Science Journal of Business and Management
Volume 5, Issue 1, February 2017, Pages: 27-36

Retail Attribute’s Effect on Shopping Motivation and Customer Loyalty: Age as a Moderating Variable

Agung Yuniarinto1, *, Armanu Thoyib1, Solimun Solimun2, Andi Sularso3

1Department of Management Science, Faculty of Economics and Business, Brawijaya University, Malang, Indonesia

2Statistical Program, Faculty of Mathematics and Natural Sciences, Brawijaya University, Malang, Indonesia

3Faculty of Economics, Jember University, Jember, Indonesia

Email address:

(A. Yuniarinto)

*Corresponding author

To cite this article:

Agung Yuniarinto, Armanu Thoyib, Solimun Solimun, Andi Sularso. Retail Attribute’s Effect on Shopping Motivation and Customer Loyalty: Age as a Moderating Variable. Science Journal of Business and Management. Vol. 5, No. 1, 2017, pp. 27-36. doi: 10.11648/j.sjbm.20170501.14

Received: January 27, 2017; Accepted: February 14, 2017; Published: February 25, 2017


Abstract: The study was based on the Stimulus Organism Response (SOR) theory stated by Mehrabian-Russel which aimed to analyze the effect of retail attribute on utilitarian, hedonic shopping motivation and customer loyalty. This study also aimed to test the age as the moderation variable effect of the retail attribute on the utilitarian, hedonic shopping motivation and customer loyalty. The respondents of study were 150 people. Sampling was done by convenience sampling. Collecting data used personal questionnaire through face to face interviews. Questionnaires were distributed to customers who visited the shopping mall. Data were analyzed by Partial Least Square (PLS). The results showed that the retail attributes had positive and significant effects on the utilitarian, hedonic shopping motivation, and customer loyalty. The age was the moderating variable effect of the retail attribute on utilitarian shopping motivation. The practical implications of this research was to develop segmentation, customization and innovation of retail attributes as an important strategy to overcome the differences in store attribute effects on the values of shopping and customer loyalty.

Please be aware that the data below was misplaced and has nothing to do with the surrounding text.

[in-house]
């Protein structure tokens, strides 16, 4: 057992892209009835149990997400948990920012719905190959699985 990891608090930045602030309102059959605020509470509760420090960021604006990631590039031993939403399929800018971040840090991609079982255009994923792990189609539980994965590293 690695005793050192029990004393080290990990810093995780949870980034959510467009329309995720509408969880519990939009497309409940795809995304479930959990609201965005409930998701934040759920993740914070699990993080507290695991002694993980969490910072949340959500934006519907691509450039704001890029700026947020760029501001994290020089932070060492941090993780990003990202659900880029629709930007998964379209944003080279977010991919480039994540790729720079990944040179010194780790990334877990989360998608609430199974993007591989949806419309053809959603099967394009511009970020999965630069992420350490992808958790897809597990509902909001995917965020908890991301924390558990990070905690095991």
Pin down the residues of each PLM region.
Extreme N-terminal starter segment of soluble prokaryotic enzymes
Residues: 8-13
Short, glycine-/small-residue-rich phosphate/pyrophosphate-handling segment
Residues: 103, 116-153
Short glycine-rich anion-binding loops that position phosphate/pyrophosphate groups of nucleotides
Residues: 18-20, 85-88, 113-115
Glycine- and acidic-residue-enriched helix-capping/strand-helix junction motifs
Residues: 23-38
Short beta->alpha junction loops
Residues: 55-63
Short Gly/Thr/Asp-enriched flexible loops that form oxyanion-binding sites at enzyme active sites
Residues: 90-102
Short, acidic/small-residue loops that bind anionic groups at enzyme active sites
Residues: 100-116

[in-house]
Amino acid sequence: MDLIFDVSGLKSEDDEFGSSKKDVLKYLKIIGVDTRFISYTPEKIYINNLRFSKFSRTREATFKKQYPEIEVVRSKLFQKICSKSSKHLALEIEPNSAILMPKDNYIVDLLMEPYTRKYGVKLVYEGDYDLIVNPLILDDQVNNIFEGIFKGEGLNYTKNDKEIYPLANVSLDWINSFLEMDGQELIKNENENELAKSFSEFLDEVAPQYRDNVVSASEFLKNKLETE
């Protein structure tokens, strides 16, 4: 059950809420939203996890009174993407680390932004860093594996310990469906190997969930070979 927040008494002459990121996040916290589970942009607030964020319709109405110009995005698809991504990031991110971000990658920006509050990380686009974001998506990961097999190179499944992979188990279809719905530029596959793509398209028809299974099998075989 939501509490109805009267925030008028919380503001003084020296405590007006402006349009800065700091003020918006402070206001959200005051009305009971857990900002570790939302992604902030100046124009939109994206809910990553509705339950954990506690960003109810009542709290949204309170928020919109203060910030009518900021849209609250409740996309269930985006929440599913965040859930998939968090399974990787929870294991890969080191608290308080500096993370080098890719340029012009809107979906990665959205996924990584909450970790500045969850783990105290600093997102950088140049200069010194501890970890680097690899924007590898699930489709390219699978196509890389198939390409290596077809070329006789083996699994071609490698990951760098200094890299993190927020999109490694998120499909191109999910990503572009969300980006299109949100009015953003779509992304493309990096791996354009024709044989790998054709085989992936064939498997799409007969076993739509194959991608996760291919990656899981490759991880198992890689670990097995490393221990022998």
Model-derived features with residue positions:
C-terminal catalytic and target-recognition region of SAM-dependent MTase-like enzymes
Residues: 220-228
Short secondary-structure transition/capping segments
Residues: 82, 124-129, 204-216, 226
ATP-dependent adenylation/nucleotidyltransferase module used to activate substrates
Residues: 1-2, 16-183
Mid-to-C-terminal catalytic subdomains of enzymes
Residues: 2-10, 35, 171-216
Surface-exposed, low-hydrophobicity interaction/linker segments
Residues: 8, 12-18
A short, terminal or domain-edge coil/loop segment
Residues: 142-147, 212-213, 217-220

Keywords: Retail Attribute, Utilitarian Motivation, Hedonic Motivation, Customer Loyalty


1. Introduction

A research on customer behaviors is very important to explore their buying behavior toward certain product or service [1]. Customer behavior research is divided into three perspectives, namely the decision-making perspective, the experience perspective, and behavioral-influence perspective. The behavioral-influence perspective focuses on the customer behavior and possible environment which affects it [2]. The environment of retail customers includes retail attributes and other situational factors [3]. The atmosphere of a shopping center (mall) has been proven to be a greater influence on purchasing decision of customers than the influence of offered products [4]; [5]. Other studies indicated that the frequent change of mall atmosphere affects customers in purchasing unplanned goods [6]; [7]. The availability of time for shopping also shows an influence on customers’ decision to purchase products either in hedonic or emotional way. Babin and Attaway (2000) [8] suggested that the physical environment in retail business can cause a positive or negative effect on customers decisions.

Previous studies shown an increasing interest in behavior aspect of hedonic shopping) [9]; [10]; [4]. This study was based on the model of Stimulus Organism Response (S-O-R) proposed by Mehrabian and Russell (1974) [2]. S-O-R Model has three components: environmental stimuli, emotional states, and approach-avoidance response. Consumer behaviors occur as a result of their emotional reaction (organism) to environmental stimuli. This research was conducted to analyze: (a) the effect of retail attribute on the customers’ utilitarian shopping motivation; (b) the effect of retail attribute on the customers’ hedonic shopping motivation (c) the effect of retail attribute on the customers’ loyalty (d) the effect of utilitarian shopping motivation on customers’ loyalty (e) the effect of hedonic shopping motivation on customers’ loyalty (f) age as a variable moderating influence of the retail attributes on the utilitarian shopping motivation, hedonic shopping motivation, and customers’ loyalty.